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Beyond the Trends in Managed Services 2022 with CompTIA

CompTIA's Carolyn April covered the MSP market and the trends that will shape their future.

Allison Francis

April 14, 2022

3 Min Read
Carolyn April CP Expo 2022

CHANNEL PARTNERS CONFERENCE & EXPO, LAS VEGAS — CompTIA’s annual research on the managed services market looks at the future of the MSP and explores the latest trends in business models and services offerings, cybersecurity, cloud and customer experience. 

Carolyn April, senior director of industry analysis, CompTIA, covered the changes in the channel, and partner attitudes in her session at the Channel Partners Conference & Expo.

It has been a very strange couple of years. Massive changes have shaken up the industry, giving companies the chance to do some serious introspective thinking. Are they running their businesses efficiently? Are they doing everything they can to support their customers? 

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CompTIA’s Carolyn April

“Change is a big, big factor, as we look ahead into the next couple of years,” said April. “We wanted to get a sense of sentiment that’s going on among MSPs in the industry today. So we released a study, which we put out in the field before the Ukraine-Russia crisis happened. From this, we got a good pulse on what partners think about the macro economy, what the sentiment is about the next two years ahead, and the market in general.”

So what are the biggest concerns for MSPs over the next two years? The study revealed the following stats in terms of levels of concern:

  • Macroeconomic crises: 44%

  • Supply chain/logistics disruption: 43%

  • Access to credit/adequate cash flow: 42%

  • Customers taking business direct: 36%

  • Advancing skills needs: 31%

  • Breaking into new markets: 29%

  • Desire to sell or merge the business: 27%

“For the most part, we’re seeing optimism compared to what we saw two years ago,” said April. “When we did our study in 2020,  pessimism levels were really high. Some MSPs were either nervous about the future or just unhappy. This year, there is certainly more optimism – people are starting to see the light at the end of the tunnel. There is still some pessimism, but I think some partners are just gun-shy because of the pandemic, they’re not sure what to expect in the future. But, by and large, the bounce back is very real.”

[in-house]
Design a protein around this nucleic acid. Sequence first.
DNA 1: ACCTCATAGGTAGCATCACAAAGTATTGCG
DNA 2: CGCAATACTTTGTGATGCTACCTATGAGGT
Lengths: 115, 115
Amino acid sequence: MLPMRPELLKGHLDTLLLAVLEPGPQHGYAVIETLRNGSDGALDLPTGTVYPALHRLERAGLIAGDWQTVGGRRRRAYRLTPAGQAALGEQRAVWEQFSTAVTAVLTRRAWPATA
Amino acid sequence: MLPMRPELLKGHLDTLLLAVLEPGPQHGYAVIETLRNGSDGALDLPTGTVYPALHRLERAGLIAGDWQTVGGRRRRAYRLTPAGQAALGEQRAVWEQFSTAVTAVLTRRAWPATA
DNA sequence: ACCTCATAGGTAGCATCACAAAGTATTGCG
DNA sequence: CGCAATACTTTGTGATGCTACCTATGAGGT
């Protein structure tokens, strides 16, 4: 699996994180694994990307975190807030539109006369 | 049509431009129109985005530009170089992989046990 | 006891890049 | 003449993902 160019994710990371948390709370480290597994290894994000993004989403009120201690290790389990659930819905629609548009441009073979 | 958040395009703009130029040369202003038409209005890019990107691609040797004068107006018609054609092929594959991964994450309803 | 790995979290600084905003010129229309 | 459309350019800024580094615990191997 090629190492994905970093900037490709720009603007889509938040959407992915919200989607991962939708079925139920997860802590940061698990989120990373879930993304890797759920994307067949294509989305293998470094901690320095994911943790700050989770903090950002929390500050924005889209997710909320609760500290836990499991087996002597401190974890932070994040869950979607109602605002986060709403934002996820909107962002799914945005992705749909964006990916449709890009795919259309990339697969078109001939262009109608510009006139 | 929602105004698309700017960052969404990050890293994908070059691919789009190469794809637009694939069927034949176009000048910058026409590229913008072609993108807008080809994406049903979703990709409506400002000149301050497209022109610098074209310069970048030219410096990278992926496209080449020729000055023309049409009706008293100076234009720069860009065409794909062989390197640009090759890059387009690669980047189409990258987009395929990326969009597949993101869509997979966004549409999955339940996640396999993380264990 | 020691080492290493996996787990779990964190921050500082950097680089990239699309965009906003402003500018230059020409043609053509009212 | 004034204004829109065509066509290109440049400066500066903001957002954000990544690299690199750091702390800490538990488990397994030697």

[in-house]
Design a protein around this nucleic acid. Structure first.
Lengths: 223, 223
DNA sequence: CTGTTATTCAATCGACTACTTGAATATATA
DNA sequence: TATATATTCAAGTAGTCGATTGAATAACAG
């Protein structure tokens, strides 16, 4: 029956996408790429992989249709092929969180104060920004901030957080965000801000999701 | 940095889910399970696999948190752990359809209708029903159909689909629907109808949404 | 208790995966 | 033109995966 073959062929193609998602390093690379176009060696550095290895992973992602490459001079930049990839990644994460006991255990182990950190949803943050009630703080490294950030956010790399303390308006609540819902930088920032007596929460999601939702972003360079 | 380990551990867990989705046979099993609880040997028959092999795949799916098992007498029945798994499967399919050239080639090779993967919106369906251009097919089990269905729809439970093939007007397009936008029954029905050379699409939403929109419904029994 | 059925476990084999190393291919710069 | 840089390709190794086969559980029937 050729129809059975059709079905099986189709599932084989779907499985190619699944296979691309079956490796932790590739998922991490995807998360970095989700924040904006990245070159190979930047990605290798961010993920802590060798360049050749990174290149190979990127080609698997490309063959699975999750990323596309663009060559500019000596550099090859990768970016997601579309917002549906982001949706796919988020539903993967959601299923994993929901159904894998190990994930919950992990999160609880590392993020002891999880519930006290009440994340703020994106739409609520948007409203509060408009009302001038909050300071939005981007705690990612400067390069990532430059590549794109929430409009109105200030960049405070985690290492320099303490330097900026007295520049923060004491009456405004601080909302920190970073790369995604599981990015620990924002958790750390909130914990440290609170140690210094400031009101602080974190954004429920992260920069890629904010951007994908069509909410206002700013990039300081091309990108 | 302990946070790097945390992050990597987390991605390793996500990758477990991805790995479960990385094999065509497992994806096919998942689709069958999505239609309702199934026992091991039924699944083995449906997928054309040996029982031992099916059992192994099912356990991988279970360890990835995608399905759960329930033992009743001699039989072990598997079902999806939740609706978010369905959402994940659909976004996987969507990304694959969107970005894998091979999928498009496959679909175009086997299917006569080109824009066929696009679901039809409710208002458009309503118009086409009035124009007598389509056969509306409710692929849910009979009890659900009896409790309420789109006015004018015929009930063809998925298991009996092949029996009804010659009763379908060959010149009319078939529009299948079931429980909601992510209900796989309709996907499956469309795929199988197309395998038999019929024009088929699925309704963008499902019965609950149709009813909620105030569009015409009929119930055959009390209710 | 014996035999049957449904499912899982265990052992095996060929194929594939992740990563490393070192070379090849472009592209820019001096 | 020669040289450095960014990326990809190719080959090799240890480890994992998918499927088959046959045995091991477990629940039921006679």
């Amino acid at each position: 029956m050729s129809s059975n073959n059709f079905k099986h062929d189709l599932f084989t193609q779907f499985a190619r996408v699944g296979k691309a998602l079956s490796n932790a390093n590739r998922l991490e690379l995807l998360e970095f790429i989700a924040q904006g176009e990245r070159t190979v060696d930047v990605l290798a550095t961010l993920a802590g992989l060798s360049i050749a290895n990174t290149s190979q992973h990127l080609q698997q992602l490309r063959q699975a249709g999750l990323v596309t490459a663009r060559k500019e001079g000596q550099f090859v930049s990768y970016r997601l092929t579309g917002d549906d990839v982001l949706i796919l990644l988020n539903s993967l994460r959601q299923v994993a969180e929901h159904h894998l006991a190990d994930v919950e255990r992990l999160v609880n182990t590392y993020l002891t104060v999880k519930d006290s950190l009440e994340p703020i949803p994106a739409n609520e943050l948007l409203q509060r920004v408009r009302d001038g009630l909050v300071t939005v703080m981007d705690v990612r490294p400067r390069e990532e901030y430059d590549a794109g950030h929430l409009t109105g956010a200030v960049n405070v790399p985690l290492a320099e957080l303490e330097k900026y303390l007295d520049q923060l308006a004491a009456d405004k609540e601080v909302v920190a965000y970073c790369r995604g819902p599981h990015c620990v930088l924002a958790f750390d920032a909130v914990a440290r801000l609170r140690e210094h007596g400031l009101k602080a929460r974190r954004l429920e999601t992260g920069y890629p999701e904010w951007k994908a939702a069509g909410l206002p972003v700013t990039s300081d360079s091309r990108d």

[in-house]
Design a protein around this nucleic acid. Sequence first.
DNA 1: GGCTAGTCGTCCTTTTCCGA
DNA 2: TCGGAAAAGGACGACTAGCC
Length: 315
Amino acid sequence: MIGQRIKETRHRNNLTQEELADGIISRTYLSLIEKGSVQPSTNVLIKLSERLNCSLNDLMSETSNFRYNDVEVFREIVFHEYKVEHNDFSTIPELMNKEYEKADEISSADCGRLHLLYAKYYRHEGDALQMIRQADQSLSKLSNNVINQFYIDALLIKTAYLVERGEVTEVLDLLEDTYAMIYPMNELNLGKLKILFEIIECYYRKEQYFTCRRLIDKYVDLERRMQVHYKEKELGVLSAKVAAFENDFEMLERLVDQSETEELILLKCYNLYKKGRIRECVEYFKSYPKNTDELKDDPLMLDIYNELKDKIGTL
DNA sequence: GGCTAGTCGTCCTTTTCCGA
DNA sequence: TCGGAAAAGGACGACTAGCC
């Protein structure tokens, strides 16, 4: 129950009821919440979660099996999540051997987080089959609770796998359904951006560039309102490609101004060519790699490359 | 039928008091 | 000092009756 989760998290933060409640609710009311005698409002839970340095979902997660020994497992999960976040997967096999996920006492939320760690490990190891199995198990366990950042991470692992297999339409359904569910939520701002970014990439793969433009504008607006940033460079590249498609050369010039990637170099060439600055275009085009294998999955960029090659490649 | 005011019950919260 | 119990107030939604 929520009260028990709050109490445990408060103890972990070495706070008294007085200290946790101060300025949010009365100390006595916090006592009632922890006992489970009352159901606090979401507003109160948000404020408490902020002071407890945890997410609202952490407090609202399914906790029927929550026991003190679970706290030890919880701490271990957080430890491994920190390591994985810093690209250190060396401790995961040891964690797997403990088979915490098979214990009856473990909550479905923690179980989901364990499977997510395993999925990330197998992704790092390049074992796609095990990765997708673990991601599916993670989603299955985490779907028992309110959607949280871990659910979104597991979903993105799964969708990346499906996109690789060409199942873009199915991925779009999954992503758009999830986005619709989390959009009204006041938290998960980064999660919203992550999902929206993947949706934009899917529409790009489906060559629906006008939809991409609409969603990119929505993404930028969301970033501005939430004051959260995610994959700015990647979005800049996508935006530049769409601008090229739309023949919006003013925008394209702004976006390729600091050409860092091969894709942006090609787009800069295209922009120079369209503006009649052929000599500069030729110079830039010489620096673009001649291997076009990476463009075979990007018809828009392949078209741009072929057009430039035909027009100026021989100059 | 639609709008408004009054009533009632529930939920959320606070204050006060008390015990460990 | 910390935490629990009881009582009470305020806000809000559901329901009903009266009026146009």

So what do partners see as the change drivers? The needs and new offerings that will prompt such change? 

  • Customer experience expectations

  • Growing sophistication of cybersecurity

  • Changes in customer procurement

“One of the behaviors that is driving MSPs to change today are the different demographics of customers that they work with,” said April. “It’s worth mentioning, though, that their preferred habits are all very different. Gone are the days where the way that you communicate with your customers is monolithic; no one communicates to everyone the same way. It’s not like that anymore. You need to have an omni channel approach to communicate with your customers, and how you provide them support,

Other takeaways were that customers are going to start really demanding robust cybersecurity; you should be selling cloud solutions; and partners can orchestrate all of this change. The managed services market is in an excellent position to do this.

Want to contact the author directly about this story? Have ideas for a follow-up article? Email Allison Francis or connect with her on LinkedIn.

About the Author(s)

Allison Francis

Allison Francis is a writer, public relations and marketing communications professional with experience working with clients in industries such as business technology, telecommunications, health care, education, the trade show and meetings industry, travel/tourism, hospitality, consumer packaged goods and food/beverage. She specializes in working with B2B technology companies involved in hyperconverged infrastructure, managed IT services, business process outsourcing, cloud management and customer experience technologies. Allison holds a bachelor’s degree in public relations and marketing from Drake University. An Iowa native, she resides in Denver, Colorado.

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